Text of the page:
My Lady

“My Lady” is an interesting recent custom framing project . . .

Gorgeous • Beautiful • Challenging
(for both the stitcher and the framer)

“My Lady” as she has been aptly named, presented quite a challenge for Dana, the stitcher, and me, the framer.

Let’s start this tale at the beginning. This beautiful cross-stitch pattern caught Dana’s eye quite some time ago. She bought the pattern, put it with her “to do” patterns, then procrastinated, and procrastinated some more. Now Dana has a wonderful, talented daughter named Shelby, a grad student at the University of Arkansas earning her Master’s in art. You may remember meeting both Dana and Shelby at a Moss show for both worked at the last two shows. Shelby wanted to create a plate for her mom, and knew how much her mom liked the “My Lady” pattern.

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Shelby on the left, mom on the right, both are winners in the “OMG I really did it” Category

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Shelby went on a mission: to get her mom off of square “0” on this cross-stitch project she created the art plate of “My Lady” - a modern, contemporary version, almost an art-deco look - with the understanding that if I do this, mom, you have to do the cross-stitch. Well, Shelby followed through on her end of the bargain; mom had no choice; she followed through though it did take 2-1/2 years to complete her end of the bargain.

This is the “My Lady” art plate that Shelby made.

Because Dana knew this was going to be a challenging pattern, she tried to have the pattern photocopied allowing her to mark through sections of the pattern as she stitched. Problem was some of the symbols would not copy in the same color tone as the thread… that led to ripping out.


The floss was not a good quality so as she stitched, it unraveled and separated causing loose stitches… more ripping out.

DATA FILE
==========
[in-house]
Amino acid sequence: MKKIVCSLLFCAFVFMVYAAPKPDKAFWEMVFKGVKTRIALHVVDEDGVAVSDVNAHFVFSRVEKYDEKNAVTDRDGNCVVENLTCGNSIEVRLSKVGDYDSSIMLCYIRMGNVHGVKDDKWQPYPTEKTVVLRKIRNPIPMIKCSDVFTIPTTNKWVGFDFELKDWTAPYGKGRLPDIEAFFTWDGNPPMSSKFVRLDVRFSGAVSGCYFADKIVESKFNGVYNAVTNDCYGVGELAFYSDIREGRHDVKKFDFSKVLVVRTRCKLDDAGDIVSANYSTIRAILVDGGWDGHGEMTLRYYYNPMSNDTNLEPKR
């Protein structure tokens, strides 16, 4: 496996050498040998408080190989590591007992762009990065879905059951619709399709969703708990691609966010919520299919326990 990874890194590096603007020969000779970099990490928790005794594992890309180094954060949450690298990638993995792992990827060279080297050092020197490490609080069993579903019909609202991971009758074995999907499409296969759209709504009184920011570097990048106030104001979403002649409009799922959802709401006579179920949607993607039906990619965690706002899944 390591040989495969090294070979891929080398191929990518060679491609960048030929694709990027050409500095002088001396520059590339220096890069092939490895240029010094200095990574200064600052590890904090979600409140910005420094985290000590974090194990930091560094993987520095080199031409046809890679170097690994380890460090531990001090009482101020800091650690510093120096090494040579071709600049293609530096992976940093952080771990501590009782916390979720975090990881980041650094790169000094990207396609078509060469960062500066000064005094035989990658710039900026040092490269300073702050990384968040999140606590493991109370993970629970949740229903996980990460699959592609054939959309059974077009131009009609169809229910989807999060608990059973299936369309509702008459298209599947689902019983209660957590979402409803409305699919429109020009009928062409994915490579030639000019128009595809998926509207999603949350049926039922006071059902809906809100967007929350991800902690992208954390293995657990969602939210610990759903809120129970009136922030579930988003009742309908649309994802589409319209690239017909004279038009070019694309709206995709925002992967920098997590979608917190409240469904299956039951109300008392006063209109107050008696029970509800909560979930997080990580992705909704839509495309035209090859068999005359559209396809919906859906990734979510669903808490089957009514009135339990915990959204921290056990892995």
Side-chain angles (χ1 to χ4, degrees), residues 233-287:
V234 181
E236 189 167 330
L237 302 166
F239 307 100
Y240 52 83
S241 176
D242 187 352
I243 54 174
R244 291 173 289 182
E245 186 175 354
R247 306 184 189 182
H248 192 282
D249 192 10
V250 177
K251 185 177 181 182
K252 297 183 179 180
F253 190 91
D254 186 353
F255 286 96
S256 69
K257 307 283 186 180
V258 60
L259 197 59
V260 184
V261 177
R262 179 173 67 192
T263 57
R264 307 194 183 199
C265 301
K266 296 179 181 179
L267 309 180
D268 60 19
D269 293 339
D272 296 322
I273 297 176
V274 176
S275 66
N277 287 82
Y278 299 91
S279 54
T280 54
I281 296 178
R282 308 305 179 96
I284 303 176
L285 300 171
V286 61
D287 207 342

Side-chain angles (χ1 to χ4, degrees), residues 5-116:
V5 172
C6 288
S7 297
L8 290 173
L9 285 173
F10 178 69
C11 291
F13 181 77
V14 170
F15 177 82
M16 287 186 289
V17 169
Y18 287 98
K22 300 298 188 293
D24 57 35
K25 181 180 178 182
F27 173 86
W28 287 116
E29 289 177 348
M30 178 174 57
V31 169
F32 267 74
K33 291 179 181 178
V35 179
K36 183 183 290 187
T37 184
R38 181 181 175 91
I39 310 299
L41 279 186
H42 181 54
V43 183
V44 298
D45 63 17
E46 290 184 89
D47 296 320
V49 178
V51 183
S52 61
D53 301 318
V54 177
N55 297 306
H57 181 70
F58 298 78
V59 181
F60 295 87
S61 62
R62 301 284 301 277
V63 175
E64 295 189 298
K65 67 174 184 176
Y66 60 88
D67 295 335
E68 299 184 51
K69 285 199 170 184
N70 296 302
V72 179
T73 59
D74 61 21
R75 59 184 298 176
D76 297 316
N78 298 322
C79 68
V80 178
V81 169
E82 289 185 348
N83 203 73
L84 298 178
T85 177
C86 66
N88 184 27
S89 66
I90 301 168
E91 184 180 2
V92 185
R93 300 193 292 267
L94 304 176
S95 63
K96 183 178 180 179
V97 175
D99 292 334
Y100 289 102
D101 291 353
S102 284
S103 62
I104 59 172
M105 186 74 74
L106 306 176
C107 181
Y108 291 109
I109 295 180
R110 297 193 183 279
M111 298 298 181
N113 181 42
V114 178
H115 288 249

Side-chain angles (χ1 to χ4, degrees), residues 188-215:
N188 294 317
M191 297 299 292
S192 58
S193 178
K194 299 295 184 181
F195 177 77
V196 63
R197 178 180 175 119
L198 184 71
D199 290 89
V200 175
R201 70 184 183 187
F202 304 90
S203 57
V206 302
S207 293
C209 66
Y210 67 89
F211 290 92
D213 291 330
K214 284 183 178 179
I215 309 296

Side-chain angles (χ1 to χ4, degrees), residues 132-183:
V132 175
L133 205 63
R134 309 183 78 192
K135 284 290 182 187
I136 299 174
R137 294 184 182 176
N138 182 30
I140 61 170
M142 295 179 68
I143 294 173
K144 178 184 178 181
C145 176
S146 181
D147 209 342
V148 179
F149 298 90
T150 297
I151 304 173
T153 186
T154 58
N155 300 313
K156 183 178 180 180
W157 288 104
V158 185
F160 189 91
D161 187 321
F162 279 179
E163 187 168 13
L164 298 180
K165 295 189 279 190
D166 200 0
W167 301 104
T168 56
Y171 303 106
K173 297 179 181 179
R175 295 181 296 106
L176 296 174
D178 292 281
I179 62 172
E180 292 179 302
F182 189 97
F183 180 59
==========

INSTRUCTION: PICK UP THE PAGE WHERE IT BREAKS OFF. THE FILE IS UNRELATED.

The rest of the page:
She ran out of the thread that came with the pattern. Called the company that created the pattern but learned that the company had been sold to another company. It was difficult to track down the new company to get matching thread. They sent very little replacement thread; there was barely enough to complete the project.

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The close up shows the details of the framing. A small shadowbox was needed to hold the depth of the mats, spacer, glass, and foamcore.  You can see how the mat cut follows the line of the hat’s shape in the finished piece below.

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The close-up shots will give you an idea of the detail of the stitching. Click the images to see a zoomble PDF of the intricacy of the stitching.

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The fabric had a lot of stretch so it kept loosening and slipping in the hoop. Once the project was completed, it was difficult to get the hoop marks out of the fabric, and there was some fading in the fabric where the hoop had been. I stretched the fabric on a matching color matboard-lined foamcore, and that concealed the fading.

Dana is not sure what to do now that this project is completed. It only took years. 

There were a number of stitches Dana had never done before including making the 3- dimensional ribbon flowers. What a challenge that was. I loaned her my box of words.


My biggest challenge was the stretching. I could not lay the fabric face-down because I didn’t want to squash the ribbon flowers, and I did not want to disturb the pearls that are on the hat as well as the lacey detail of the blouse. Good thing I have my box of 4-letter words to help out in such times.

For me? Just another day in my workshop. NOT.

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"My Lady" completed is simply magnificent!

Click the image to see it even better.

My email address remains: